"Black Panther: Wakanda Forever" kept the box-office crown for the fourth straight weekend, and the comic holiday thriller "Violent Night" debuted with $13.3 million, according to studio estimates Sunday. But the biggest talking point on the weekend was a movie conspicuously absent from theaters.
Had Netflix kept Rian Johnson's whodunit sequel "Glass Onion: A Knives Out Mystery" in theaters, it would have been one of the weekend's top draws. Last weekend, the streamer — in its first such pact with North America's top chains — released "Glass Onion" in about 600 theaters. While significantly less than the 4,000-plus theaters most big movies open in, the Netflix film reportedly grossed about $15 million — an enviable total for a medium scaled release.
Netflix declined to release ticket sales and pulled "Glass Onion" on Tuesday, preferring to keep its release limited to a one-week sneak-peek theatrical run before debuting on the streaming service Dec. 23. Netflix's focus, its executives have said, is driving subscribers to its streaming service. On Wednesday, Reed Hastings, chief executive of Netflix, acknowledged the company left "lots" of money on the table in the move.
So instead of feasting on "Glass Onion," as ticket buyers did after Thanksgiving in 2019 when Lionsgate released "Knives Out," moviegoers were fed mostly leftovers this weekend.
For four weeks, The Walt Disney Co.'s "Wakanda Forever" has ruled the box office. Ryan Coogler's Marvel movie has totaled $733 million globally, including $339 million in overseas sales.
"Violent Night" was the only new wide release in cinemas. Starring David Harbour as a not-so-saintly St. Nick, the Universal release got off to a good start. "Violent Night," which earned a B+ CinemaScore from audiences, cost about $20 million to make.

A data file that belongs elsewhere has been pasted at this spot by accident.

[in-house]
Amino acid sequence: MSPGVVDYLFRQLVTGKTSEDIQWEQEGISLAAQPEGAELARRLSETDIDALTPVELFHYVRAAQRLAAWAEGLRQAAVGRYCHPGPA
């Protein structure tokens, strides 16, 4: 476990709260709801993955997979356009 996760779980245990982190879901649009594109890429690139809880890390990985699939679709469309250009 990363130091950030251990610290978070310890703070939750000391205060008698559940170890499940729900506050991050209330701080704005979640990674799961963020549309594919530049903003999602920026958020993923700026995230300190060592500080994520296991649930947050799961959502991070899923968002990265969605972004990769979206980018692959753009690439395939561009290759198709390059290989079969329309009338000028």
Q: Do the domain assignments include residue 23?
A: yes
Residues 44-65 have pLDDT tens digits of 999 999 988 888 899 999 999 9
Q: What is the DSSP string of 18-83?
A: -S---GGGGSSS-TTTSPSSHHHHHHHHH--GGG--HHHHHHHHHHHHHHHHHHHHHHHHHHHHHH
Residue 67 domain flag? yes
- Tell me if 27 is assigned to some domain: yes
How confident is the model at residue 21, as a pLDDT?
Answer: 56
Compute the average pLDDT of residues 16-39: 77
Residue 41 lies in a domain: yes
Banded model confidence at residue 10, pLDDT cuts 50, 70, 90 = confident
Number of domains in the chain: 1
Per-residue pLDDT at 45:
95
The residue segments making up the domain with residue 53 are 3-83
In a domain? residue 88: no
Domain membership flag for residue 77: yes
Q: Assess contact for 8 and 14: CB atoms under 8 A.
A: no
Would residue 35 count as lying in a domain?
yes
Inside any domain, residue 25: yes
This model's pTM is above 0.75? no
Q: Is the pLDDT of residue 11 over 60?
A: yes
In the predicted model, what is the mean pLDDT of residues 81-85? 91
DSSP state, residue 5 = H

Though "Avatar: The Way of Water" and other holiday releases like "Puss in Boots 2," "Babylon" and "I Wanna Dance With Somebody" loom in the coming weeks, theaters continue to see fewer films in wide release than they did pre-pandemic. David A. Gross, who publishes the box-office subscription newsletter FranchiseRe, says that while there were 58 franchise films released in 2019, there have been only 32 in 2022.
There's also been a dearth of family releases in theaters. After a muted debut last weekend, Disney's big-budget animated fantasy adventure "Strange World" dipped to third place with a mere $4.9 million in its second week. Some of the season's notable kid-friendly movies are streaming, instead.
The Roald Dahl adaptation "Matilda the Musical," starring Emma Thompson, was made jointly by Netflix, Sony Pictures and Working Title Films. Netflix has worldwide distribution rights to the film except for the United Kingdom and Ireland, where Sony put the film into theaters last weekend. For two weeks, "Matilda" has been the top film at the U.K. box office, grossing $9.7 million over that stretch. In the United States, "Matilda" begins steaming on Christmas.